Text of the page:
I have stated that my purpose here at Their Courses Above is to provide tools and inspiration for rhythmic living.
But what does that mean, exactly? The themes I’m exploring on this blog intersect with simplicity, and minimalism, and living with purpose—so why did I choose the phrase ‘rhythmic living’?
What, even, is a rhythm?
“A strong, regular, repeated pattern of movement or sound,” according to Google. And also, “a regularly recurring sequence of events, actions, or processes.”
A space can be minimal, or not, at any given moment. A choice can be made with purpose, once. But a rhythm can only happen repeatedly—it only exists stretched over the frame of hours, days, weeks, or years.
In other words, a rhythm takes place in time.
And that is what drew me to the idea, because this is my struggle, and maybe yours: placing myself in time.
That may sound silly; aren’t we all already “placed” in time by our creator? Of course. Yes, we are all already “in” time—but that doesn’t mean we live as if we are.
We find many ways to live as if time had no claim on us.
In my own life, one stubborn way has been my disdain for results that are not immediate: Once I envision how I want something to be, I want it to just be that way. I don’t want to learn how to do something, I want to already know it.
We also deny our place in time when we hang on to seasons of our life that are past as if we were still in them, or when we fixate on the future and our hopes or fears for it.
Even something like being habitually late reveals our unwillingness to acknowledge that there is an actual amount of time it takes us to get ready.
So why do we do this? Why do we try to live as if we’re not time-bound creatures?
Because placing yourself in time is painful.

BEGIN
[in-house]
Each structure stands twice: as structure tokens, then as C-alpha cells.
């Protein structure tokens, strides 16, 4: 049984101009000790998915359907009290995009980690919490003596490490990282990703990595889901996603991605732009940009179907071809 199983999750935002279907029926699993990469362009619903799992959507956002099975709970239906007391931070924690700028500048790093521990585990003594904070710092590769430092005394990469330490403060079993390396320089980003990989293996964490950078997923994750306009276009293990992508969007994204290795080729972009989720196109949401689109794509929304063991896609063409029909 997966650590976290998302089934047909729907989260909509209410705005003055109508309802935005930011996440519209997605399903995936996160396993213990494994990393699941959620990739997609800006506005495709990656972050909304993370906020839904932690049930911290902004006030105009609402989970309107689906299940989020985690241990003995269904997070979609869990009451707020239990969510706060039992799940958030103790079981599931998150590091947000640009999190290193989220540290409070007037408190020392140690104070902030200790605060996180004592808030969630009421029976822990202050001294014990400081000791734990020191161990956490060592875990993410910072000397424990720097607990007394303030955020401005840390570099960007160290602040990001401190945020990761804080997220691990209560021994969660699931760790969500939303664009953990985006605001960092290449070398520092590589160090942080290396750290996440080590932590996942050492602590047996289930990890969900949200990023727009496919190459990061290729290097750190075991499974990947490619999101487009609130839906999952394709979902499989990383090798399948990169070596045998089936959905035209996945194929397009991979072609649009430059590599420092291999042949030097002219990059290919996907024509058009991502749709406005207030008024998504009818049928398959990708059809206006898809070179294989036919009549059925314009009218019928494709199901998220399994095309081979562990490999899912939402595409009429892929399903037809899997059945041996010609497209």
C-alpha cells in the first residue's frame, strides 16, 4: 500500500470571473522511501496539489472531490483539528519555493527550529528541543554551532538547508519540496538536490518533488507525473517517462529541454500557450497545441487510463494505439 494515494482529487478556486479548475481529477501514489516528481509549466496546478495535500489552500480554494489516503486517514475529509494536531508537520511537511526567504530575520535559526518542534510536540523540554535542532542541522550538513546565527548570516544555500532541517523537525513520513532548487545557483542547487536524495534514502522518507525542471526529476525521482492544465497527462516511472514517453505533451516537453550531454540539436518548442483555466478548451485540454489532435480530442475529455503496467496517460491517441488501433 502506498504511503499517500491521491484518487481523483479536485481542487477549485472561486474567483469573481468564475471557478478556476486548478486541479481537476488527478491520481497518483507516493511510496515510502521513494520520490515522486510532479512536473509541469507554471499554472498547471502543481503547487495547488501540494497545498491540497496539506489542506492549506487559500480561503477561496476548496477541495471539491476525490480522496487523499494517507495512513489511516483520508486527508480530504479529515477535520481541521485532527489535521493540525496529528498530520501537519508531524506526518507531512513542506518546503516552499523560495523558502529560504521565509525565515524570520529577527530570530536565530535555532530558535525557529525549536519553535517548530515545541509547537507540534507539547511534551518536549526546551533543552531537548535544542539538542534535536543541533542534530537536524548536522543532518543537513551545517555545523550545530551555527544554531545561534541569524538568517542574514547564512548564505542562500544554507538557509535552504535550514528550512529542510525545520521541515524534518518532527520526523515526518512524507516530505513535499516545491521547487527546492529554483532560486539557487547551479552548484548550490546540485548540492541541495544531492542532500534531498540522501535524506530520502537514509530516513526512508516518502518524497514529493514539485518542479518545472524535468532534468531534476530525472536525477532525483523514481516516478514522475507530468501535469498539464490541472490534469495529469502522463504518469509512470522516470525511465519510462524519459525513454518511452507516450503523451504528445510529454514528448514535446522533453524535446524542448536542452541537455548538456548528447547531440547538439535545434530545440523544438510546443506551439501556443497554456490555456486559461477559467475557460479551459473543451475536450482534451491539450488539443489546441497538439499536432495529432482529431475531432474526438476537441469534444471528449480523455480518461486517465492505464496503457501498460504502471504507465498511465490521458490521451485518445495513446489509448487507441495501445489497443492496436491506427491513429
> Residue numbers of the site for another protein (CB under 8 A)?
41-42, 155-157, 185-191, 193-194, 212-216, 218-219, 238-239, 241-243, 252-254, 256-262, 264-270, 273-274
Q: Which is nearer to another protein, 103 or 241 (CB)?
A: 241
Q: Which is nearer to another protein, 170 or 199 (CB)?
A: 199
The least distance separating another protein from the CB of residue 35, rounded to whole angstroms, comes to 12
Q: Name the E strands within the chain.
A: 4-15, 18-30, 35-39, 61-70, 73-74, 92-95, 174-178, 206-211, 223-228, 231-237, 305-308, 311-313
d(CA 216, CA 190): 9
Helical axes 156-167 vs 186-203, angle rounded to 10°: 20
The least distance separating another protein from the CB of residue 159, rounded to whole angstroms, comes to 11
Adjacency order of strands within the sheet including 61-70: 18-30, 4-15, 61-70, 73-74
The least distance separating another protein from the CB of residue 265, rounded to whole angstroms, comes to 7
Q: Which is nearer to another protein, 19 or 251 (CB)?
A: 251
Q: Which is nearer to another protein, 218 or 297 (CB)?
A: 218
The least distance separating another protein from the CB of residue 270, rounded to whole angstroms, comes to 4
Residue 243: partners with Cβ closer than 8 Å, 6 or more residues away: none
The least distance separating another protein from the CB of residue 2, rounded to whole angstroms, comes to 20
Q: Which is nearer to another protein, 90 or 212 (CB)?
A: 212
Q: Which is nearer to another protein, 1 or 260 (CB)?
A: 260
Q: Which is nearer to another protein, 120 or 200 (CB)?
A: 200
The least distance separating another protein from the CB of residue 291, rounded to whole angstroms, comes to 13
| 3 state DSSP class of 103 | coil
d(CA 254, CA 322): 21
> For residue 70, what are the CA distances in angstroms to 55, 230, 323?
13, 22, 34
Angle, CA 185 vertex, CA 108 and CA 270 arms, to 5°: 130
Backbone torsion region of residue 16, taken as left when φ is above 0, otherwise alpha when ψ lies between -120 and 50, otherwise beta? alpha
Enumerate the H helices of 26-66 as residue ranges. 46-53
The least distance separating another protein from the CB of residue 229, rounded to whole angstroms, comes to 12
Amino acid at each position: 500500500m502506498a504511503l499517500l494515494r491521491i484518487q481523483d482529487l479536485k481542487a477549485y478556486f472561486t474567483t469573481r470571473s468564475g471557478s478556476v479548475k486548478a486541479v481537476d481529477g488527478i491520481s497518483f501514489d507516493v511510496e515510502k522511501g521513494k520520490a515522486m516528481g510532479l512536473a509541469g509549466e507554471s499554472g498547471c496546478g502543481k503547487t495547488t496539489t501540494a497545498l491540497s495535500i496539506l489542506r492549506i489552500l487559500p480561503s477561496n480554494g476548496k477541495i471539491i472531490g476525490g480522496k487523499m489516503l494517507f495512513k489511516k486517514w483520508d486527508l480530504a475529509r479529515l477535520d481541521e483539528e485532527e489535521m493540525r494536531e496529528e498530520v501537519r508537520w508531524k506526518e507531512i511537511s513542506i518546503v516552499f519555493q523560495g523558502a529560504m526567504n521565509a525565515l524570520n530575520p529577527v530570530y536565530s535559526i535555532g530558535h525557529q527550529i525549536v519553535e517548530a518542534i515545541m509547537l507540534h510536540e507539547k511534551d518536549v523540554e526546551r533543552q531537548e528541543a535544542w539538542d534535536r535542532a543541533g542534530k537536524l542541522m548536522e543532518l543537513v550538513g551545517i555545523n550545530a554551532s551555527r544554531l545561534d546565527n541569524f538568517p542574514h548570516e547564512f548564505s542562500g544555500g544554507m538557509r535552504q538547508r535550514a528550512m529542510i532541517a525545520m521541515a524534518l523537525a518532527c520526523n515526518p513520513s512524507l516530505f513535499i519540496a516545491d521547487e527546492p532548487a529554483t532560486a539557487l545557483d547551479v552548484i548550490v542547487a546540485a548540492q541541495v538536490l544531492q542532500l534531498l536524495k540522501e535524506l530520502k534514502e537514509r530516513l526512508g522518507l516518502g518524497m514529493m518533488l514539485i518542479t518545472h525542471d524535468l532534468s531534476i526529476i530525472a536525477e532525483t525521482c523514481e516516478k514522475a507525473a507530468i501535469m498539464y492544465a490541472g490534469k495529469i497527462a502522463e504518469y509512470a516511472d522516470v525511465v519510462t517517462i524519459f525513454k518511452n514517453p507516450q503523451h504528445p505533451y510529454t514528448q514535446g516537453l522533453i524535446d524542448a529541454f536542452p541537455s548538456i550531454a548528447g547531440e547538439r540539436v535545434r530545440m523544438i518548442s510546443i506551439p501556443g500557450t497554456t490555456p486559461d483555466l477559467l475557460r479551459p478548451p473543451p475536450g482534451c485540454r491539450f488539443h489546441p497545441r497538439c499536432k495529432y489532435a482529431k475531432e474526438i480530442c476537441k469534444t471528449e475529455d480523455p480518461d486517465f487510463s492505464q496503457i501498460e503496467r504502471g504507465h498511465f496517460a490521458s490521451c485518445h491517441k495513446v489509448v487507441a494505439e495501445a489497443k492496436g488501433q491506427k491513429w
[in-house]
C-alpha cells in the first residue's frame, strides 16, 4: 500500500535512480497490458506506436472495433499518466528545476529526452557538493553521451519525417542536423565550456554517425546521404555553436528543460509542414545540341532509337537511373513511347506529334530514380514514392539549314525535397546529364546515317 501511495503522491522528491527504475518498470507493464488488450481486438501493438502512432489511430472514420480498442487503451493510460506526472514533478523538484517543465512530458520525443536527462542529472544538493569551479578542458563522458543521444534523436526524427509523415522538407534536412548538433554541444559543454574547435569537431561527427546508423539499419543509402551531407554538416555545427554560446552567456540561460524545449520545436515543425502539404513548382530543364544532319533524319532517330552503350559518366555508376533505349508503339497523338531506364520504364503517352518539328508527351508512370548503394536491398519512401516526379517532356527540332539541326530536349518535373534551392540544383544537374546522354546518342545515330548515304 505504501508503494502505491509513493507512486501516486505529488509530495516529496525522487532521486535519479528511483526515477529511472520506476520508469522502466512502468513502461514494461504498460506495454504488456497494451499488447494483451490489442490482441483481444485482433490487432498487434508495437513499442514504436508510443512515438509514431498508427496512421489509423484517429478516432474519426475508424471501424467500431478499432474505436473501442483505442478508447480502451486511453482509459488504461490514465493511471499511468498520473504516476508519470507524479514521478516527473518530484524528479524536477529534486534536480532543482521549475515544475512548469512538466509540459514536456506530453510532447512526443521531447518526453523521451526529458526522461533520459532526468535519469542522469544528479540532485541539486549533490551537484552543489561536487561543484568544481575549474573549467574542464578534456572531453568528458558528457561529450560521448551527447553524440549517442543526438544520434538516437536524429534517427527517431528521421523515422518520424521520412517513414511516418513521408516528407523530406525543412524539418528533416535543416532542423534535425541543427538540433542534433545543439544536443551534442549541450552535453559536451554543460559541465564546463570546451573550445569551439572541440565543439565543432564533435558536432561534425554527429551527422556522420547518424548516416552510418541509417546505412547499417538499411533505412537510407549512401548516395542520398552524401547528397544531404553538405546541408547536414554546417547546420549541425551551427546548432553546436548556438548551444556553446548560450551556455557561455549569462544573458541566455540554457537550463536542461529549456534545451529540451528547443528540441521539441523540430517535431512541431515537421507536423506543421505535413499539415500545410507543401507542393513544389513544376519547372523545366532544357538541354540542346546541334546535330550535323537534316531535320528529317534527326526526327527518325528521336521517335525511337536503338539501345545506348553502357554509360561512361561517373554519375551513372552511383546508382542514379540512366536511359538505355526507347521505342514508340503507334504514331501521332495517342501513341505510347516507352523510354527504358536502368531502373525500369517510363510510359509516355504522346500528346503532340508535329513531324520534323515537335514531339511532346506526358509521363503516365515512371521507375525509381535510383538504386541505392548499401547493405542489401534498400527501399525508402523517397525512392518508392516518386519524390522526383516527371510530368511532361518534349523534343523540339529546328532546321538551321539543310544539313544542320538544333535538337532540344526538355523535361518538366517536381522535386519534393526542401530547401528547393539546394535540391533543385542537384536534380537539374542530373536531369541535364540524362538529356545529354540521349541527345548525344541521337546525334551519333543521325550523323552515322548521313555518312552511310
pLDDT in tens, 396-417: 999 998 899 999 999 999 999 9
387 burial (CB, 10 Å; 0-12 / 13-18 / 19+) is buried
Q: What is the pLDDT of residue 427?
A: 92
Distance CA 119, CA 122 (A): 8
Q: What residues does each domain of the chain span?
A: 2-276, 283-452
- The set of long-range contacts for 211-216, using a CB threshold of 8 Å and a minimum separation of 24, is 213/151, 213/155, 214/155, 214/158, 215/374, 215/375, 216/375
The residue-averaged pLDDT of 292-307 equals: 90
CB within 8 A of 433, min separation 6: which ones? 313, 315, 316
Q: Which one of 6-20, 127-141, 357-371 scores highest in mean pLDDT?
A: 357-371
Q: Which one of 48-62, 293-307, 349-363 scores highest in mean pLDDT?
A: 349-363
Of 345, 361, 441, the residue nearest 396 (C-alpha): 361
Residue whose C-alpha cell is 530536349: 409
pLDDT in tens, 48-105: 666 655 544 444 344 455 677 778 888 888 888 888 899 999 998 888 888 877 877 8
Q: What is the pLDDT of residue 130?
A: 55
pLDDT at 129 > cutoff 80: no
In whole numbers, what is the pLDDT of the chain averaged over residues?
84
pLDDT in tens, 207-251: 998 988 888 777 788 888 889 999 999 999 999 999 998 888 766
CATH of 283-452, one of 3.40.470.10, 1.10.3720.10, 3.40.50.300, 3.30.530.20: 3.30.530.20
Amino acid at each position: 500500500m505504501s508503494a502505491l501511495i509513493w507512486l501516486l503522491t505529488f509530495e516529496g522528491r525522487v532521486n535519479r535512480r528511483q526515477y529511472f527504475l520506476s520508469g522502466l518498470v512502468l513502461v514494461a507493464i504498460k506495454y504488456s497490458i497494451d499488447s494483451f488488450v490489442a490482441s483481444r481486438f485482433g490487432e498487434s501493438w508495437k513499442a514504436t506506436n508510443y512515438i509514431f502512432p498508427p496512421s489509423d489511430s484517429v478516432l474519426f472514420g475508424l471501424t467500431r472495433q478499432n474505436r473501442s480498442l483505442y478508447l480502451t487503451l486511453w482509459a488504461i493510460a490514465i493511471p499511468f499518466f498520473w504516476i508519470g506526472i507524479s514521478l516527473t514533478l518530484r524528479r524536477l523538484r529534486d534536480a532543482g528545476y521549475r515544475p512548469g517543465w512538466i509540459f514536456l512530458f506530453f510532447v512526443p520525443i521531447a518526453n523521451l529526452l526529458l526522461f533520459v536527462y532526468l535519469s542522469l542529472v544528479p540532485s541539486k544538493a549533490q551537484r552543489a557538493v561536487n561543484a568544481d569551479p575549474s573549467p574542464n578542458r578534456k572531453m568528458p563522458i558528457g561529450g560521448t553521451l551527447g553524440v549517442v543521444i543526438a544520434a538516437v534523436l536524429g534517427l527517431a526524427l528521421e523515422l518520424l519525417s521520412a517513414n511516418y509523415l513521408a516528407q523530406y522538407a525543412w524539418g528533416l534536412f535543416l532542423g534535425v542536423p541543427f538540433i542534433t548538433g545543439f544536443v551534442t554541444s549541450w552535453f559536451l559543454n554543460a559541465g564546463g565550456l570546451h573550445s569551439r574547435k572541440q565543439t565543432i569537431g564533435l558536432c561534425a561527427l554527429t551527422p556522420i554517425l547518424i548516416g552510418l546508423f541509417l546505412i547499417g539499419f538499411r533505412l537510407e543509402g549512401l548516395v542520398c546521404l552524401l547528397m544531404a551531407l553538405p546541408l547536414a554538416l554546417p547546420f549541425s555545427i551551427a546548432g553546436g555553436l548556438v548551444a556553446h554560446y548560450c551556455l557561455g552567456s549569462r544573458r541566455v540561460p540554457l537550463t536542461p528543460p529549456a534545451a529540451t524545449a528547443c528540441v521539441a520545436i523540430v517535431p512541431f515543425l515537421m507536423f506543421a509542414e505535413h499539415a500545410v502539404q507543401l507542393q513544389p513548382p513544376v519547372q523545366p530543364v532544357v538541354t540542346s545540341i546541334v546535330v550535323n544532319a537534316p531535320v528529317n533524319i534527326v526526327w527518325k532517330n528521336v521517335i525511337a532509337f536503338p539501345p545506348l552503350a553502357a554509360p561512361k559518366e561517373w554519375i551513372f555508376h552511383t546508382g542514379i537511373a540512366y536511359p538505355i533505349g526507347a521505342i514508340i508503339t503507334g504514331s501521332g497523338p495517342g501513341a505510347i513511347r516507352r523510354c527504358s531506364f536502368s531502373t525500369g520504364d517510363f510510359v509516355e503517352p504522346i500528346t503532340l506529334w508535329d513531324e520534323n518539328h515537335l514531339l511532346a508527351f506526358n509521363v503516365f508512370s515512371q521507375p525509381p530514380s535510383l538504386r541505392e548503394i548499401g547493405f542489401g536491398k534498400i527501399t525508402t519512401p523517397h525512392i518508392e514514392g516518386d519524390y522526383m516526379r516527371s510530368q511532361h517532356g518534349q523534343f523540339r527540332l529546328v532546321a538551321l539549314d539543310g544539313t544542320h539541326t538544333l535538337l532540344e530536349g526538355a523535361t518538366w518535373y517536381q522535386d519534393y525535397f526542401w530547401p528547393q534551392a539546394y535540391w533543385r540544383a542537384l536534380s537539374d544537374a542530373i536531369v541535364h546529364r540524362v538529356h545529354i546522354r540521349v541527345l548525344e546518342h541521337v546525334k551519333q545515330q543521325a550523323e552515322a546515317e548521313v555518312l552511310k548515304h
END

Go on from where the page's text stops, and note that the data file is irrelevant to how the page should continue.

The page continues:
When you place yourself rightly in time, you have to face the fact that your time is limited—You will not say unlimited words, walk unlimited steps, spend unlimited hours with your family, in this life.
Sometimes that hurt digs as deep as death, and sometimes it just stings like a day, week, or year you fear was wasted.
Yes, placing ourselves in time is painful. But it is essential if we desire to live authentic lives, to live in truth. Our only other option is to live in denial—to be fettered, hindered, for our whole lives.
When we strive to embrace the truth of the timeline God has written for us, it frees us up to see the deep beauty of our daily, weekly, yearly “limitations”—our need to sleep, to eat, to pause, to learn things over again that we thought we already knew, to be rocked by grief and then find our way back into joy.
These rhythms are not getting in the way of the wonderful life we could be living—they are the wonderful life we’ve been given.
This truth is hard to hold on to. That’s why I need to write about it—somewhat for you, mostly for me, but very much so we can remind each other as we navigate this rhythmic life.